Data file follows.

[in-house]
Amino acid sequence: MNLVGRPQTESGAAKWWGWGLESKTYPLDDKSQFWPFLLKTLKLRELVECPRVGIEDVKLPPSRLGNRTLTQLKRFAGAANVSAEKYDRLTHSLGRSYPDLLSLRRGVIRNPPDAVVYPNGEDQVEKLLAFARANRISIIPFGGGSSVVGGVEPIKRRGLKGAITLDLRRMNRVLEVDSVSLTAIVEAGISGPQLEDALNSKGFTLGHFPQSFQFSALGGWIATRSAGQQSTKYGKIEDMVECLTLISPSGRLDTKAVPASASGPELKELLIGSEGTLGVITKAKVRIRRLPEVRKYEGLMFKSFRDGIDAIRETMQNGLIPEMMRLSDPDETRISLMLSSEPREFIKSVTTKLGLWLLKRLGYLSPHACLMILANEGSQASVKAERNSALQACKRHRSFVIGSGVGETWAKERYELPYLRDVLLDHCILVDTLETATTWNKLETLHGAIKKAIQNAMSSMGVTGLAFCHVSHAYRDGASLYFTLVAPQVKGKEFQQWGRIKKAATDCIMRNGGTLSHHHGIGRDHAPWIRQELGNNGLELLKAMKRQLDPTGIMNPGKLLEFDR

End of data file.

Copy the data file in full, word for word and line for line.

[in-house]
Amino acid sequence: MNLVGRPQTESGAAKWWGWGLESKTYPLDDKSQFWPFLLKTLKLRELVECPRVGIEDVKLPPSRLGNRTLTQLKRFAGAANVSAEKYDRLTHSLGRSYPDLLSLRRGVIRNPPDAVVYPNGEDQVEKLLAFARANRISIIPFGGGSSVVGGVEPIKRRGLKGAITLDLRRMNRVLEVDSVSLTAIVEAGISGPQLEDALNSKGFTLGHFPQSFQFSALGGWIATRSAGQQSTKYGKIEDMVECLTLISPSGRLDTKAVPASASGPELKELLIGSEGTLGVITKAKVRIRRLPEVRKYEGLMFKSFRDGIDAIRETMQNGLIPEMMRLSDPDETRISLMLSSEPREFIKSVTTKLGLWLLKRLGYLSPHACLMILANEGSQASVKAERNSALQACKRHRSFVIGSGVGETWAKERYELPYLRDVLLDHCILVDTLETATTWNKLETLHGAIKKAIQNAMSSMGVTGLAFCHVSHAYRDGASLYFTLVAPQVKGKEFQQWGRIKKAATDCIMRNGGTLSHHHGIGRDHAPWIRQELGNNGLELLKAMKRQLDPTGIMNPGKLLEFDR